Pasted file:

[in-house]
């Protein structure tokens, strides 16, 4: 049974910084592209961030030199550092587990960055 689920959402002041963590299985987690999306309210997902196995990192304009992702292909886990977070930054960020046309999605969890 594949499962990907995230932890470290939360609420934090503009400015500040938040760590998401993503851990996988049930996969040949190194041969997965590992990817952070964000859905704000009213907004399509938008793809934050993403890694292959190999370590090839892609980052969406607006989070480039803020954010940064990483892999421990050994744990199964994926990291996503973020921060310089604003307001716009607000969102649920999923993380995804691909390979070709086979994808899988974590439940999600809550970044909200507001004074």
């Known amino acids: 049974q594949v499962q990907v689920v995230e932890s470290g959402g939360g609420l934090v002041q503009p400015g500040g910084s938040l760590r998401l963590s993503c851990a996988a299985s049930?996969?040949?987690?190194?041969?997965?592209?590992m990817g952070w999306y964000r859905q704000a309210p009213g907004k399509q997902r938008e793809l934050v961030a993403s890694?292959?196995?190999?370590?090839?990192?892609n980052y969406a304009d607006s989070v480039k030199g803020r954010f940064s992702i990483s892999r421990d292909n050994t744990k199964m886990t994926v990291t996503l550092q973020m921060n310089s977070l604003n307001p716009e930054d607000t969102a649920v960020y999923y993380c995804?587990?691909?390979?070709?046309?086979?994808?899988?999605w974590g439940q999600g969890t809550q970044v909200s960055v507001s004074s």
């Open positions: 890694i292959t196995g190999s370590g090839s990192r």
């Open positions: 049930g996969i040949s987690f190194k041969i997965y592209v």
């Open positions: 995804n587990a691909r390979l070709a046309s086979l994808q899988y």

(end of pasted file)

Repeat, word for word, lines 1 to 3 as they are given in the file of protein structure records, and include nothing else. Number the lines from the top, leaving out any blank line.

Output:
[in-house]
């Protein structure tokens, strides 16, 4: 049974910084592209961030030199550092587990960055 689920959402002041963590299985987690999306309210997902196995990192304009992702292909886990977070930054960020046309999605969890 594949499962990907995230932890470290939360609420934090503009400015500040938040760590998401993503851990996988049930996969040949190194041969997965590992990817952070964000859905704000009213907004399509938008793809934050993403890694292959190999370590090839892609980052969406607006989070480039803020954010940064990483892999421990050994744990199964994926990291996503973020921060310089604003307001716009607000969102649920999923993380995804691909390979070709086979994808899988974590439940999600809550970044909200507001004074």
């Known amino acids: 049974q594949v499962q990907v689920v995230e932890s470290g959402g939360g609420l934090v002041q503009p400015g500040g910084s938040l760590r998401l963590s993503c851990a996988a299985s049930?996969?040949?987690?190194?041969?997965?592209?590992m990817g952070w999306y964000r859905q704000a309210p009213g907004k399509q997902r938008e793809l934050v961030a993403s890694?292959?196995?190999?370590?090839?990192?892609n980052y969406a304009d607006s989070v480039k030199g803020r954010f940064s992702i990483s892999r421990d292909n050994t744990k199964m886990t994926v990291t996503l550092q973020m921060n310089s977070l604003n307001p716009e930054d607000t969102a649920v960020y999923y993380c995804?587990?691909?390979?070709?046309?086979?994808?899988?999605w974590g439940q999600g969890t809550q970044v909200s960055v507001s004074s």